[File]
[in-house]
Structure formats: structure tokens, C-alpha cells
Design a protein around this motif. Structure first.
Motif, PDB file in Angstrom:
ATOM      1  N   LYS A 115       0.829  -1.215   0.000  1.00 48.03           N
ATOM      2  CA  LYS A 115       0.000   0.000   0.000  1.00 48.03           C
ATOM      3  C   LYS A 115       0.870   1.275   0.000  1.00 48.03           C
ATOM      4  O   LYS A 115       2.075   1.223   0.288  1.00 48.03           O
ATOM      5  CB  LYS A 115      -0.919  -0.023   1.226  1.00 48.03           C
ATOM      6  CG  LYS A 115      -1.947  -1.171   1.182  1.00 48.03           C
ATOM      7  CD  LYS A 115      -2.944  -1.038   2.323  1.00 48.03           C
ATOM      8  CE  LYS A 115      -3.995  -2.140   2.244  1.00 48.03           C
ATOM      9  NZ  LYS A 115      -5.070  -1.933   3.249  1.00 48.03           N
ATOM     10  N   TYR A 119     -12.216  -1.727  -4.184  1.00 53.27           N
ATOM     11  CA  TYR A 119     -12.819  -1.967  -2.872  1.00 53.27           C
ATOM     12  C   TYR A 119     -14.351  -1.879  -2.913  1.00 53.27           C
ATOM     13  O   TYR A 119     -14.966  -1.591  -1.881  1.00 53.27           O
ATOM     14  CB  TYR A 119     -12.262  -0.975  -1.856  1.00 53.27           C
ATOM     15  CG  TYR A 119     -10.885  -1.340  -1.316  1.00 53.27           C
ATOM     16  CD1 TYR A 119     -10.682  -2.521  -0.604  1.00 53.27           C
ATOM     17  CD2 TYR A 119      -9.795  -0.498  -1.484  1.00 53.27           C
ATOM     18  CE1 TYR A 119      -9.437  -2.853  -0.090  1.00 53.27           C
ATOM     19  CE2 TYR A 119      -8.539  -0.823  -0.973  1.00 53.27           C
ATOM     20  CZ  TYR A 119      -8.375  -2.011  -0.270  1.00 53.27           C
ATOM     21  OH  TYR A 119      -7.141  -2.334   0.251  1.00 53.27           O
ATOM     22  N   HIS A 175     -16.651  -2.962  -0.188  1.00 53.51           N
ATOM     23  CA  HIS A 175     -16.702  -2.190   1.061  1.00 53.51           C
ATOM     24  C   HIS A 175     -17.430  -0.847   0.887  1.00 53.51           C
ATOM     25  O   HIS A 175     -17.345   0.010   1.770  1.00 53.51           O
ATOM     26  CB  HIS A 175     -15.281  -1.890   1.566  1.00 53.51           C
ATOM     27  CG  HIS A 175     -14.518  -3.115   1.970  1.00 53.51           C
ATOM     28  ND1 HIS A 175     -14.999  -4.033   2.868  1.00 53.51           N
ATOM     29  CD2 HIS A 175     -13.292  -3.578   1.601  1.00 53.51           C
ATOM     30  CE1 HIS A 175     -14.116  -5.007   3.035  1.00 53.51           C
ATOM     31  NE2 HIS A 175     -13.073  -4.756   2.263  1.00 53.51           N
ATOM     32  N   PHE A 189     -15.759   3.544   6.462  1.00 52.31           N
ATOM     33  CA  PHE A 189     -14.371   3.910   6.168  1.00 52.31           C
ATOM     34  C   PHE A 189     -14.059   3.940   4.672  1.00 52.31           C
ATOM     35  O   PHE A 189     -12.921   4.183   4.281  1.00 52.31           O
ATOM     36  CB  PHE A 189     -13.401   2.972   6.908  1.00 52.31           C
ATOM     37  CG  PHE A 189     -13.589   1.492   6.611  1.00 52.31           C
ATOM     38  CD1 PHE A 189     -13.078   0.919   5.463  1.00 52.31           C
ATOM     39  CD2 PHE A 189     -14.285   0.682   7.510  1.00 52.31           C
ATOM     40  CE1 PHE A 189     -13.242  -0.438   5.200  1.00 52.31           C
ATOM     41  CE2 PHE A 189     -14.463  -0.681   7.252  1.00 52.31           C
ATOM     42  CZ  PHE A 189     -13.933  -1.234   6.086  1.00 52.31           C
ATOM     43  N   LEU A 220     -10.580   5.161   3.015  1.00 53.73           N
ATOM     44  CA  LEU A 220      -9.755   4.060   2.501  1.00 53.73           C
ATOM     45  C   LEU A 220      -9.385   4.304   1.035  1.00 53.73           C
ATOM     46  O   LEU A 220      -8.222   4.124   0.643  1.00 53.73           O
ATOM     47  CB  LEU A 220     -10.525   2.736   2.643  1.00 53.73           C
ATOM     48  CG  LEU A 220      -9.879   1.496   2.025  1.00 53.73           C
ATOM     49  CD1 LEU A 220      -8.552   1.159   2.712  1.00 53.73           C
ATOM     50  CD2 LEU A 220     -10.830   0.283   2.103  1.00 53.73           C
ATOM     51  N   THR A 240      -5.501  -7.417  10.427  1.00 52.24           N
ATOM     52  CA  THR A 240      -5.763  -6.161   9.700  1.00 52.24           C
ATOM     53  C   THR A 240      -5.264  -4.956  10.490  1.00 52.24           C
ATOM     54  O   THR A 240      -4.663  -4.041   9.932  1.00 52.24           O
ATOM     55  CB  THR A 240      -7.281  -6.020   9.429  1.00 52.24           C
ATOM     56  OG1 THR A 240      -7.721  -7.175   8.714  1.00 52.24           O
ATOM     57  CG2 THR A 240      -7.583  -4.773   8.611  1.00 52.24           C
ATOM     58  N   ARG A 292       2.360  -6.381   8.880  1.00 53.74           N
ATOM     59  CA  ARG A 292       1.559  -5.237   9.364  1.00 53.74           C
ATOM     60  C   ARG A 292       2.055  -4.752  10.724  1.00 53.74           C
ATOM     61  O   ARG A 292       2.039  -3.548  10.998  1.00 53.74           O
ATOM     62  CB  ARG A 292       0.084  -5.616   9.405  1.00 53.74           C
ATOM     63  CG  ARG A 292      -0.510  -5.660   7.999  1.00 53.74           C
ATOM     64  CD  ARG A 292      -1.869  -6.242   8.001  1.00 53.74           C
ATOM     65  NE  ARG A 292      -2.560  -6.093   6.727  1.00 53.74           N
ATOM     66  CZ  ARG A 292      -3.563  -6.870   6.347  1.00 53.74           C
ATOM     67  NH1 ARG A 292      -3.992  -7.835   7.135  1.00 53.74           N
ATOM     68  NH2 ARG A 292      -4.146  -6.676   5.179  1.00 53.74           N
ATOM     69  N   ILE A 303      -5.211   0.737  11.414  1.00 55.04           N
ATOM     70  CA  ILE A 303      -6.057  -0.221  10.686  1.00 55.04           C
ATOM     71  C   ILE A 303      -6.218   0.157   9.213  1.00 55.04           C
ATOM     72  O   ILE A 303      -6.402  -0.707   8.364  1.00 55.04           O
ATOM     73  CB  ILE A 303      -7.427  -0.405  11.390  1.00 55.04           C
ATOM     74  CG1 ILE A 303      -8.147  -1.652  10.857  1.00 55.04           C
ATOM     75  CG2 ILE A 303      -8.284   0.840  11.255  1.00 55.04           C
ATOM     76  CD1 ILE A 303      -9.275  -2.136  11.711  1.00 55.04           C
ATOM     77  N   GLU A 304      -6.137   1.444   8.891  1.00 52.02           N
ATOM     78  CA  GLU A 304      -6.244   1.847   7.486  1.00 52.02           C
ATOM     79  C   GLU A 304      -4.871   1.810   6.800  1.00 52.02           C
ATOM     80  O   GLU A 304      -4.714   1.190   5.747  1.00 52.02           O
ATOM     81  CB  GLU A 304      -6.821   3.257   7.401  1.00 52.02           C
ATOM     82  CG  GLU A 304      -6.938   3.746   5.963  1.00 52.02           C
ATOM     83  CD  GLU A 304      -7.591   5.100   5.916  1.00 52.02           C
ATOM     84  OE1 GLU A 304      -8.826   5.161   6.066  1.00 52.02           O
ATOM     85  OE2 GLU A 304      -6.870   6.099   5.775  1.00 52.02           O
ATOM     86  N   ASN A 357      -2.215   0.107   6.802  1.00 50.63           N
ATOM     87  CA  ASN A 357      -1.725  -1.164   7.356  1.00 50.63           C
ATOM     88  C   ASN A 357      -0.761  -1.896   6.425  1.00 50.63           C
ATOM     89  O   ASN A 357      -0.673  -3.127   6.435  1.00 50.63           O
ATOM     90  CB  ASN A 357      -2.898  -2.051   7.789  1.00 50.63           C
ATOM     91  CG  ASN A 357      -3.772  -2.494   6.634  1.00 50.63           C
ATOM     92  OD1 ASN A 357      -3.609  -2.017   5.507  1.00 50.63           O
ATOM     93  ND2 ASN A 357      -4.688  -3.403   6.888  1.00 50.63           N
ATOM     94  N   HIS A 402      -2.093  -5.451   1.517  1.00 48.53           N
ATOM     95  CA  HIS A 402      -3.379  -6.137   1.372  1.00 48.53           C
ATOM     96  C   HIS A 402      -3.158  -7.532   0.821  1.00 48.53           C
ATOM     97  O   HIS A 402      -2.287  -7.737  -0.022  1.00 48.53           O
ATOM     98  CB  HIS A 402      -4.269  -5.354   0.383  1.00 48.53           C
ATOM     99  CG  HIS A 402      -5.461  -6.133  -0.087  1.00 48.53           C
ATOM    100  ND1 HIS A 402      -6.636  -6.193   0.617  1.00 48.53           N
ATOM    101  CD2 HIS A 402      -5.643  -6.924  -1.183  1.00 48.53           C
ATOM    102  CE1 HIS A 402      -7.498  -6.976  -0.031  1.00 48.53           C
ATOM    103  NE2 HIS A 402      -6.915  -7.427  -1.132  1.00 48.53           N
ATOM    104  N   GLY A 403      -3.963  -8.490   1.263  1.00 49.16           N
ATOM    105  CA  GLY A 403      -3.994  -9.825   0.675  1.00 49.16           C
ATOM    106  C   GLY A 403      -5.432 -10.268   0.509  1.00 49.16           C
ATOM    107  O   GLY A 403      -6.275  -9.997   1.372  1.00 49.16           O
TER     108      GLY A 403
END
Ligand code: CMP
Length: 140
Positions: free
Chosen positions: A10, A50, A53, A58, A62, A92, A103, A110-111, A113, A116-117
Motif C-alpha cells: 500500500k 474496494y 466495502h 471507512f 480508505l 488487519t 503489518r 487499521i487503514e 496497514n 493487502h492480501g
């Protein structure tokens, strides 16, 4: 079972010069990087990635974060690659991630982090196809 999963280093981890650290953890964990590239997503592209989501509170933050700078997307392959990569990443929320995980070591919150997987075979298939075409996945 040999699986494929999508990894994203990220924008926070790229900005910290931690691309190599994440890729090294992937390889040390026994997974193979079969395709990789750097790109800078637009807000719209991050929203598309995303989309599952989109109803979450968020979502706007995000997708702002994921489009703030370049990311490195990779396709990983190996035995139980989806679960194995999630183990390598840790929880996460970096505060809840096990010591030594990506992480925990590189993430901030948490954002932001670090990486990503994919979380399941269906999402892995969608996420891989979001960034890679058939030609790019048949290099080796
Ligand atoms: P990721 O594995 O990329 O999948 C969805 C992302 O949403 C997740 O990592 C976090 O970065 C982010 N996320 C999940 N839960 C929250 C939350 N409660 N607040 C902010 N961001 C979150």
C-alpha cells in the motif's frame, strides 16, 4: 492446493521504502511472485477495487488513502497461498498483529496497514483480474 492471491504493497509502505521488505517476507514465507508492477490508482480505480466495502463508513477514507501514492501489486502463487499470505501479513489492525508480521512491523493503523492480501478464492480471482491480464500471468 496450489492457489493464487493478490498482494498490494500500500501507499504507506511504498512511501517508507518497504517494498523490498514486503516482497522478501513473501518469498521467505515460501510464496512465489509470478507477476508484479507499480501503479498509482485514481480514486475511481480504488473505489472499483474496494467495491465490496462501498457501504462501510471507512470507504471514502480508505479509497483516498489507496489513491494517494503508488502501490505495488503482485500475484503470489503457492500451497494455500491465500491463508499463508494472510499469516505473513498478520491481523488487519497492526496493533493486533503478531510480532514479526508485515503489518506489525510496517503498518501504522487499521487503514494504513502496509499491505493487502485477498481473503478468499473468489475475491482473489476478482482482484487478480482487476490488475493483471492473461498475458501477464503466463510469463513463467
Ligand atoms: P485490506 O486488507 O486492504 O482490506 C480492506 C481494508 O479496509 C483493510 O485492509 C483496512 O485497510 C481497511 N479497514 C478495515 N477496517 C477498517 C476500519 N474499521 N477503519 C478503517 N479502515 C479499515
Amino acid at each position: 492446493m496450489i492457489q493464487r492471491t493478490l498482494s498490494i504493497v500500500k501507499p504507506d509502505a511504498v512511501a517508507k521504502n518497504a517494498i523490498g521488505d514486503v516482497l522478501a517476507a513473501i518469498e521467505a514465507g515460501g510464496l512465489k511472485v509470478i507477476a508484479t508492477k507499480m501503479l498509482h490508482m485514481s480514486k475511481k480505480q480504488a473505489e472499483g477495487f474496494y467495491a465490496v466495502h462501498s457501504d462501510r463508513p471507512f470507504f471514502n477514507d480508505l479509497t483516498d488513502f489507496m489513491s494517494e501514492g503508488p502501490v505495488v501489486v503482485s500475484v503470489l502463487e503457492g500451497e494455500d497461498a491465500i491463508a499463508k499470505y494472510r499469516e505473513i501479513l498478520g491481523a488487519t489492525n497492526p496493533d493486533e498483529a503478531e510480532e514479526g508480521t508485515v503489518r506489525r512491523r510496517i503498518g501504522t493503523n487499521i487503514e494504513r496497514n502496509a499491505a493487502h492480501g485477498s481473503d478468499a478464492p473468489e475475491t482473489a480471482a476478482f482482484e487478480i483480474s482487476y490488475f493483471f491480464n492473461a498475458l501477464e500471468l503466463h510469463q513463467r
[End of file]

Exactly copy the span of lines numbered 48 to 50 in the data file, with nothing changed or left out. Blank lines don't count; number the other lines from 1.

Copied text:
ATOM     44  CA  LEU A 220      -9.755   4.060   2.501  1.00 53.73           C
ATOM     45  C   LEU A 220      -9.385   4.304   1.035  1.00 53.73           C
ATOM     46  O   LEU A 220      -8.222   4.124   0.643  1.00 53.73           O